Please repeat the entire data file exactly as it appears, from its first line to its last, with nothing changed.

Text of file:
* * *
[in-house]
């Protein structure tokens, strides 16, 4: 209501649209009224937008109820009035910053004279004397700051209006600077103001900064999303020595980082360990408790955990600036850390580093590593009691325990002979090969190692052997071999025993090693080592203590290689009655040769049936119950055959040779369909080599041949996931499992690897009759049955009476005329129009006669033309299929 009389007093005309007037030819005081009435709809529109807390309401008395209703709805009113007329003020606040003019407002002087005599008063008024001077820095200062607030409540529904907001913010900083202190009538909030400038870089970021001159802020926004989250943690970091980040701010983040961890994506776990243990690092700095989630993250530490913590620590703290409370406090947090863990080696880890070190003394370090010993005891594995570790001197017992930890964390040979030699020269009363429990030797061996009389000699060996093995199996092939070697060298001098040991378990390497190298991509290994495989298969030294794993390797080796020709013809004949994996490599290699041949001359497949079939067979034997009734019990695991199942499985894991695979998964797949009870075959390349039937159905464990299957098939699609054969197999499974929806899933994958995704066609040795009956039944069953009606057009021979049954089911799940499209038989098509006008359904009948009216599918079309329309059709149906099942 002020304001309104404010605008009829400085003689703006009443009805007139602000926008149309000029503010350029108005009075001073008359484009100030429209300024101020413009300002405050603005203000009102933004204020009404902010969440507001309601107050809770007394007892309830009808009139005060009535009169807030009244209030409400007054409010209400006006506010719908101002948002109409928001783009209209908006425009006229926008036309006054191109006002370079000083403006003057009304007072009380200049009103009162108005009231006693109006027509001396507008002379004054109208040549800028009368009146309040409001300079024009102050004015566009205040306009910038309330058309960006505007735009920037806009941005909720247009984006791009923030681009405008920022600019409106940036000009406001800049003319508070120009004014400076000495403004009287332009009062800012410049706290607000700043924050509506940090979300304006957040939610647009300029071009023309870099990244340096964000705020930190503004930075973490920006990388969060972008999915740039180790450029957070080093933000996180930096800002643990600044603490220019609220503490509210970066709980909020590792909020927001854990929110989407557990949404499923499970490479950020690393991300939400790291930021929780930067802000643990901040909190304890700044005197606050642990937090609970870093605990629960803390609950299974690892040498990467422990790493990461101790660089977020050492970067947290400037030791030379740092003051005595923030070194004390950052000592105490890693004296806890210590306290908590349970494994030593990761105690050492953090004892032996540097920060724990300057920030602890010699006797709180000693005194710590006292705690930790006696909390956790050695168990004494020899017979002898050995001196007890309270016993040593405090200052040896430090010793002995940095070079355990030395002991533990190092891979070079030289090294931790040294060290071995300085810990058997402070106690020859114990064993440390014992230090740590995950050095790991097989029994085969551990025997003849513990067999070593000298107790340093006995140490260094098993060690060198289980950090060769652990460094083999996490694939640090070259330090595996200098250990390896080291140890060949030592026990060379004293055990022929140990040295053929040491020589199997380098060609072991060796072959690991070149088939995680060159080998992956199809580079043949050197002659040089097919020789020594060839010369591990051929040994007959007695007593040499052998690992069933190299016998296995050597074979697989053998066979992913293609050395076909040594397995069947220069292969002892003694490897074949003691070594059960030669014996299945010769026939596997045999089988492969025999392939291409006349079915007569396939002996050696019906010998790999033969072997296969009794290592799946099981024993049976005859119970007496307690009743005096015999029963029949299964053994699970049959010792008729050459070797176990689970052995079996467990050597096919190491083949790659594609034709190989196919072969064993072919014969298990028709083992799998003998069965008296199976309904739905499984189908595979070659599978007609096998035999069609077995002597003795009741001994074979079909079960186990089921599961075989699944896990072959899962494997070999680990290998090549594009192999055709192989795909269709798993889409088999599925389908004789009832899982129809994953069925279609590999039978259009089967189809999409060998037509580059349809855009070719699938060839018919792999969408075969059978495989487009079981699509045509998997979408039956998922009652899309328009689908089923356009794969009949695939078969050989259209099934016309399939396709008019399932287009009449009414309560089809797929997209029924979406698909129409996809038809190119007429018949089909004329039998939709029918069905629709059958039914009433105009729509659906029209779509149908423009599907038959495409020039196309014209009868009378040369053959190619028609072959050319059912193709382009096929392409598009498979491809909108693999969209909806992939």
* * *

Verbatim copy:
[in-house]
């Protein structure tokens, strides 16, 4: 209501649209009224937008109820009035910053004279004397700051209006600077103001900064999303020595980082360990408790955990600036850390580093590593009691325990002979090969190692052997071999025993090693080592203590290689009655040769049936119950055959040779369909080599041949996931499992690897009759049955009476005329129009006669033309299929 009389007093005309007037030819005081009435709809529109807390309401008395209703709805009113007329003020606040003019407002002087005599008063008024001077820095200062607030409540529904907001913010900083202190009538909030400038870089970021001159802020926004989250943690970091980040701010983040961890994506776990243990690092700095989630993250530490913590620590703290409370406090947090863990080696880890070190003394370090010993005891594995570790001197017992930890964390040979030699020269009363429990030797061996009389000699060996093995199996092939070697060298001098040991378990390497190298991509290994495989298969030294794993390797080796020709013809004949994996490599290699041949001359497949079939067979034997009734019990695991199942499985894991695979998964797949009870075959390349039937159905464990299957098939699609054969197999499974929806899933994958995704066609040795009956039944069953009606057009021979049954089911799940499209038989098509006008359904009948009216599918079309329309059709149906099942 002020304001309104404010605008009829400085003689703006009443009805007139602000926008149309000029503010350029108005009075001073008359484009100030429209300024101020413009300002405050603005203000009102933004204020009404902010969440507001309601107050809770007394007892309830009808009139005060009535009169807030009244209030409400007054409010209400006006506010719908101002948002109409928001783009209209908006425009006229926008036309006054191109006002370079000083403006003057009304007072009380200049009103009162108005009231006693109006027509001396507008002379004054109208040549800028009368009146309040409001300079024009102050004015566009205040306009910038309330058309960006505007735009920037806009941005909720247009984006791009923030681009405008920022600019409106940036000009406001800049003319508070120009004014400076000495403004009287332009009062800012410049706290607000700043924050509506940090979300304006957040939610647009300029071009023309870099990244340096964000705020930190503004930075973490920006990388969060972008999915740039180790450029957070080093933000996180930096800002643990600044603490220019609220503490509210970066709980909020590792909020927001854990929110989407557990949404499923499970490479950020690393991300939400790291930021929780930067802000643990901040909190304890700044005197606050642990937090609970870093605990629960803390609950299974690892040498990467422990790493990461101790660089977020050492970067947290400037030791030379740092003051005595923030070194004390950052000592105490890693004296806890210590306290908590349970494994030593990761105690050492953090004892032996540097920060724990300057920030602890010699006797709180000693005194710590006292705690930790006696909390956790050695168990004494020899017979002898050995001196007890309270016993040593405090200052040896430090010793002995940095070079355990030395002991533990190092891979070079030289090294931790040294060290071995300085810990058997402070106690020859114990064993440390014992230090740590995950050095790991097989029994085969551990025997003849513990067999070593000298107790340093006995140490260094098993060690060198289980950090060769652990460094083999996490694939640090070259330090595996200098250990390896080291140890060949030592026990060379004293055990022929140990040295053929040491020589199997380098060609072991060796072959690991070149088939995680060159080998992956199809580079043949050197002659040089097919020789020594060839010369591990051929040994007959007695007593040499052998690992069933190299016998296995050597074979697989053998066979992913293609050395076909040594397995069947220069292969002892003694490897074949003691070594059960030669014996299945010769026939596997045999089988492969025999392939291409006349079915007569396939002996050696019906010998790999033969072997296969009794290592799946099981024993049976005859119970007496307690009743005096015999029963029949299964053994699970049959010792008729050459070797176990689970052995079996467990050597096919190491083949790659594609034709190989196919072969064993072919014969298990028709083992799998003998069965008296199976309904739905499984189908595979070659599978007609096998035999069609077995002597003795009741001994074979079909079960186990089921599961075989699944896990072959899962494997070999680990290998090549594009192999055709192989795909269709798993889409088999599925389908004789009832899982129809994953069925279609590999039978259009089967189809999409060998037509580059349809855009070719699938060839018919792999969408075969059978495989487009079981699509045509998997979408039956998922009652899309328009689908089923356009794969009949695939078969050989259209099934016309399939396709008019399932287009009449009414309560089809797929997209029924979406698909129409996809038809190119007429018949089909004329039998939709029918069905629709059958039914009433105009729509659906029209779509149908423009599907038959495409020039196309014209009868009378040369053959190619028609072959050319059912193709382009096929392409598009498979491809909108693999969209909806992939």